He was worn out both physically and mentally, although he did enjoy the fact that his position allowed him to telecommute. But when he was unexpectedly laid off, after “somebody in the mothership who had no idea what (he) did fired him for filling out a spreadsheet wrong,” it was a “total punch in the gut.”
“It was one of the best things that ever happened to me, but it sucked really bad too,” he laughed. No matter how dull the job was, the fact was that it paid the mortgage. Eddy’s twins were nine years old the year that he lost his job.
Eddy was at a total loss. “I had no prospects. I’m a smart guy, but I don’t translate it well,” he tells us. “I sat down to do my resume and looked at the part where you’re supposed to brag about yourself and just wrote “accomplished bedwetter.” The only thing I had to offer the world was my book, my story. It was easy to write. It was good for my sanity, but you make, like, twenty cents an hour being an author.”
Around this time, he started listening to Permaculture Voices podcast. This was the first he’d heard anything about how one could make a genuine living farming. “The constant hustling got old,” Eddy admits. “I heard this life changing podcast with Curtis Stone, The Urban Farmer. He’s sort of the man in this urban farming space.” Eddy began to entertain the idea that he, too, could be an urban farmer. In order to get the ball rolling on this new endeavor, Eddy would need to learn a lot. Plus, he would need some land and proper cold storage. He impulsively pulled the trigger on this major paradigm shift in 2016, and thus, Tiny Farm Duluth was born.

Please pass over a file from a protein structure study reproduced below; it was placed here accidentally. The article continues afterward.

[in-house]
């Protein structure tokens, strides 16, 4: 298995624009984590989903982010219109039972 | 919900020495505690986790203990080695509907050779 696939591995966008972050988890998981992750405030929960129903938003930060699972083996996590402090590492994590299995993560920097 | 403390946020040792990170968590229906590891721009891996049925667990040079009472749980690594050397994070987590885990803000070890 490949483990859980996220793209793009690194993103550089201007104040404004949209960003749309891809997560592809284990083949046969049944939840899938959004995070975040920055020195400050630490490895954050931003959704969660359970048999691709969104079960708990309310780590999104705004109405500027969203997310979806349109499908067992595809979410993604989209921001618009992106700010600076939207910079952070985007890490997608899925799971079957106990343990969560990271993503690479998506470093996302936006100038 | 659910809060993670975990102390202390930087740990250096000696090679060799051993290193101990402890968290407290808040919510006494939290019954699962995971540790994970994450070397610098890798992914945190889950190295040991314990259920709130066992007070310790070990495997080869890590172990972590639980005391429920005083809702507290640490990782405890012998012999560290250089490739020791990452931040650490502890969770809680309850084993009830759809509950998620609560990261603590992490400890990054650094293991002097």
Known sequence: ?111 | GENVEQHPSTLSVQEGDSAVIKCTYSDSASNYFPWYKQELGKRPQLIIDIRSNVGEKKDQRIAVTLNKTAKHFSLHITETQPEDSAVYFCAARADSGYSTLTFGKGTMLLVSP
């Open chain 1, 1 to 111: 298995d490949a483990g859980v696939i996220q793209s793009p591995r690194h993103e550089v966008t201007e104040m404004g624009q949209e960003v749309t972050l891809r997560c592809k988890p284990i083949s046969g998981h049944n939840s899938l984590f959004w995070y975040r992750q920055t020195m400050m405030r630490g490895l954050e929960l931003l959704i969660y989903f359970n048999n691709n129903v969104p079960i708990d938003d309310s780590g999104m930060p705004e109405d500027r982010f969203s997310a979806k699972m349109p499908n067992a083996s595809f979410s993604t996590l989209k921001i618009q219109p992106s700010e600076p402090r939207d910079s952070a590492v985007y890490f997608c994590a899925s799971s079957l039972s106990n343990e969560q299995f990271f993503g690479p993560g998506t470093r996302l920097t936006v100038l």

When Eddy heard Curtis Stone mention the CoolBot on his podcast, it sent off a spark. “I’d been briefly looking at walk-in coolers and they were astronomically expensive. A walk-in cooler also would’ve required a flatbed trailer to transport, which was ridiculous. At this point, who knows if my business enterprise was even going to work?” tells Eddy.